As a friend of the court, the ACLU-NJ participated in this case about the boundaries of the probable cause requirement for a warrant to search a home. Police officers observed Mr. Hyman engage in drug dealing at a codefendant’s apartment in Morristown, and, on that fact alone, secured a warrant to search Mr. Hyman’s home in Newark. The State contended that it is reasonable to infer that a person involved in drug dealing will keep evidence of that activity where he lives. But that generic inference, the ACLU-NJ argued, does not amount to probable cause. Probable cause to search a certain location must be rooted in a factual nexus between the evidence sought and the place to be searched. Here, the State asked the Court to accept a generalization – that drug dealers keep evidence of their illegal activities in their homes – in place of a particularized, factual nexus between Mr. Hyman’s home and his alleged drug dealing. In effect, the State proposed a categorical rule that probable cause to search a person’s home attaches whenever a judge is satisfied that the person is probably a drug dealer.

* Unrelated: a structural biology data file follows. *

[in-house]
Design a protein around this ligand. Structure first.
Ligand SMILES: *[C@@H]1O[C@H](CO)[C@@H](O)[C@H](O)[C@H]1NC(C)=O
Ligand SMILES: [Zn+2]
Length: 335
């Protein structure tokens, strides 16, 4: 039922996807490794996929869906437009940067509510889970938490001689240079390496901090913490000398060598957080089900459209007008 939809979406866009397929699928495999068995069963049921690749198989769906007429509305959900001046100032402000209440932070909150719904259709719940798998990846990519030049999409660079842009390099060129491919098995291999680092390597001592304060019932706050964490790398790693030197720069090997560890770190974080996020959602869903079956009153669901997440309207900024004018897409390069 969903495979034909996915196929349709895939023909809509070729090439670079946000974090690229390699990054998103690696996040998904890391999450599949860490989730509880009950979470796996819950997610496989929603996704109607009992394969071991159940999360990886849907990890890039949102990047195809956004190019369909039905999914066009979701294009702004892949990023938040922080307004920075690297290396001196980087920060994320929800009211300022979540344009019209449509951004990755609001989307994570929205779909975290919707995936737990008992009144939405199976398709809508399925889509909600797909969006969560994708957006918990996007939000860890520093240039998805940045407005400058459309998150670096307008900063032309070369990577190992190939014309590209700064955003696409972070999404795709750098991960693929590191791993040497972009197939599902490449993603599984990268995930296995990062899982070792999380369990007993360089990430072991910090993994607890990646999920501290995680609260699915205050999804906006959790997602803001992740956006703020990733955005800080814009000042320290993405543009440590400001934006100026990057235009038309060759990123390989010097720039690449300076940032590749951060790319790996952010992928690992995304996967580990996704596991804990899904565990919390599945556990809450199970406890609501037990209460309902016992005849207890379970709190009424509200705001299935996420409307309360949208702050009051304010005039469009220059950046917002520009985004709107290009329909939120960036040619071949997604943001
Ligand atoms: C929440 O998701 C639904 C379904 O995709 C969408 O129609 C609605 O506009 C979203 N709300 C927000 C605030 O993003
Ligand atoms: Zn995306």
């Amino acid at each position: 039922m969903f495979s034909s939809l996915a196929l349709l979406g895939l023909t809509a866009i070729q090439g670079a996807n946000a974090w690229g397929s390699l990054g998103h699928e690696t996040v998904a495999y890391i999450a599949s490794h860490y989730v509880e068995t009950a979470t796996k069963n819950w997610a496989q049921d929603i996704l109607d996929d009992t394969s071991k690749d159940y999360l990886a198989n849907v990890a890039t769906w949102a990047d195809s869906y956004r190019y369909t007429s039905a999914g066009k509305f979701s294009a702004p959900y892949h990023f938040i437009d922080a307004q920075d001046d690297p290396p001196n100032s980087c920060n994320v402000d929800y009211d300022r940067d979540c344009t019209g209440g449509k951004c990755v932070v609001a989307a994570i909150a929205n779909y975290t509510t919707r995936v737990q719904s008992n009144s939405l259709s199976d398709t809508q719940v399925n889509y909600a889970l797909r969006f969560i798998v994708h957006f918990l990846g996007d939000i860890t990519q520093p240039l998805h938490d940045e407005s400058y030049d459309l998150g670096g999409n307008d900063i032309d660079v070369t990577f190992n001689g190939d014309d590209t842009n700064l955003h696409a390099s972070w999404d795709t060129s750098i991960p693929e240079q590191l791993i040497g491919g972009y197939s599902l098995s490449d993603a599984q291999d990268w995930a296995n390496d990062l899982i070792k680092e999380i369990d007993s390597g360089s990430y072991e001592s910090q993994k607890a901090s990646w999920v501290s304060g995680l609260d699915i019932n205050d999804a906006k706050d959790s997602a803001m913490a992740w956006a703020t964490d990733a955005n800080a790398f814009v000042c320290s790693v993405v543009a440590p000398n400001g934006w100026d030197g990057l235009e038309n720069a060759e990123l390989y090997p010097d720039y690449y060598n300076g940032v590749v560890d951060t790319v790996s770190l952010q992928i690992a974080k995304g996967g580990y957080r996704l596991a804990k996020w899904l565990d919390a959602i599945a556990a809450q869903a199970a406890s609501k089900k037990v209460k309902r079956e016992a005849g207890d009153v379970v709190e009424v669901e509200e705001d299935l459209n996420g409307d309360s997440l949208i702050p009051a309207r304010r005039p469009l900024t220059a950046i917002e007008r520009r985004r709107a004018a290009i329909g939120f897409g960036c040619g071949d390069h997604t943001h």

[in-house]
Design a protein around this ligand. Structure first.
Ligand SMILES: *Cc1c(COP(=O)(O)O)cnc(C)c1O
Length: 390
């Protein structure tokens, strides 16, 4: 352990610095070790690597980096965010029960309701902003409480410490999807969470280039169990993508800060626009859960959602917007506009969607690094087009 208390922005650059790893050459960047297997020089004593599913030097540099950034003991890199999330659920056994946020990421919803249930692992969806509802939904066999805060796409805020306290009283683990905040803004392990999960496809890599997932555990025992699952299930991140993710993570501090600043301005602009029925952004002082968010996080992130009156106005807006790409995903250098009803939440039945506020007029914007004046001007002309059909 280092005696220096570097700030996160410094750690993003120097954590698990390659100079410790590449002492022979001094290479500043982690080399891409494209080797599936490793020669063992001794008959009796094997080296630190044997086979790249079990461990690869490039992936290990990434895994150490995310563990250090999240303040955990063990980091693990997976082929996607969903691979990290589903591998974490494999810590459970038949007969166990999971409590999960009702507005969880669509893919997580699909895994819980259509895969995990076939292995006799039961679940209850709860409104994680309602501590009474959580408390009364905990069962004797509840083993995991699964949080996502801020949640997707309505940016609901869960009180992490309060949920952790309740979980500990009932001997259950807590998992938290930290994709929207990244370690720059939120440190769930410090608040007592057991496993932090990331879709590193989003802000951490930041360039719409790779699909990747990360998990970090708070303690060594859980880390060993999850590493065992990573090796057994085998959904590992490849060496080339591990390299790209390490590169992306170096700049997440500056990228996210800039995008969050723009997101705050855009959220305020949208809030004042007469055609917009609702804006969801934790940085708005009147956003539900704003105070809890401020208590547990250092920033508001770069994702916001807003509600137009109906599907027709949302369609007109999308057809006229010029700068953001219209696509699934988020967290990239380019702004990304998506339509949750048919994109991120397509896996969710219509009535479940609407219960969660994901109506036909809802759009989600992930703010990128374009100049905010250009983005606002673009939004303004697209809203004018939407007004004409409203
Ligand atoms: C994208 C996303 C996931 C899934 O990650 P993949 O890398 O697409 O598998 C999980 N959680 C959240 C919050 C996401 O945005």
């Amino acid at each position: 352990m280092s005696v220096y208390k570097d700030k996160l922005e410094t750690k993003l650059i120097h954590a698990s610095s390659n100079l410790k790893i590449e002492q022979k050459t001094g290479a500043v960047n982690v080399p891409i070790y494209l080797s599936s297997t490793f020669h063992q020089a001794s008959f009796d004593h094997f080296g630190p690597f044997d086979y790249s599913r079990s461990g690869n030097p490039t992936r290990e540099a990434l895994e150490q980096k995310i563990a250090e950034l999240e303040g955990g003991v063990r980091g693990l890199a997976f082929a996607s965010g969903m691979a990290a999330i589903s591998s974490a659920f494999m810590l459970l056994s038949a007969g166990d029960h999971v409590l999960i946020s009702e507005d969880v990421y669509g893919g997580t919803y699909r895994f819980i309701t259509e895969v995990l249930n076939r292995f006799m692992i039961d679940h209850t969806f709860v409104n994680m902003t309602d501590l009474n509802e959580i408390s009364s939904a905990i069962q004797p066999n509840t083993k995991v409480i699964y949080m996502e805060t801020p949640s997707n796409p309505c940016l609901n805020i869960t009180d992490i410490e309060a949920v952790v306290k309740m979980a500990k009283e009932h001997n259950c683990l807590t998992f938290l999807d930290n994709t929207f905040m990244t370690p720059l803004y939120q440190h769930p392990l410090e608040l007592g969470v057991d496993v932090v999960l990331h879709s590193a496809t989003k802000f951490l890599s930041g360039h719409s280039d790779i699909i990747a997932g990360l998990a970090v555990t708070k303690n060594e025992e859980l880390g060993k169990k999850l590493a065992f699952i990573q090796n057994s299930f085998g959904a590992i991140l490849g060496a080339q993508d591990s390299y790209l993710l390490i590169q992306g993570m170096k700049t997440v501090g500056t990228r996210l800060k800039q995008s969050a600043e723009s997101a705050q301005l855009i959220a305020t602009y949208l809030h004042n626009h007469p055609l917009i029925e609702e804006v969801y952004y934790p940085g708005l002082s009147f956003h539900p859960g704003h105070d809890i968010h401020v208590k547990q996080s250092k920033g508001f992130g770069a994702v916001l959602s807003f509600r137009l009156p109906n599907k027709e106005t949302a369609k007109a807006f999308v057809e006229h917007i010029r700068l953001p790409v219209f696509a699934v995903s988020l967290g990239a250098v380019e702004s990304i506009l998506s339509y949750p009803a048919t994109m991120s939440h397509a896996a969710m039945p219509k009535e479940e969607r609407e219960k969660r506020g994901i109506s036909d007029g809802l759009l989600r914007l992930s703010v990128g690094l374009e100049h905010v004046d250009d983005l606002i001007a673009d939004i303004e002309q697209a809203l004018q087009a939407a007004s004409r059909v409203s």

The Constitution’s protections are at their pinnacle inside the home. The ACLU-NJ urged the Court to affirm the Appellate Division’s decision finding that the State had not established probable cause for a warrant to search Mr. Hyman’s home.
Oral argument was held on February 26, 2019. On March 5, 2019, the New Jersey Supreme Court determined that certification was improvidently granted and dismissed the State’s appeal, leaving in place the Appellate Division decision favorable to Mr. Hyman.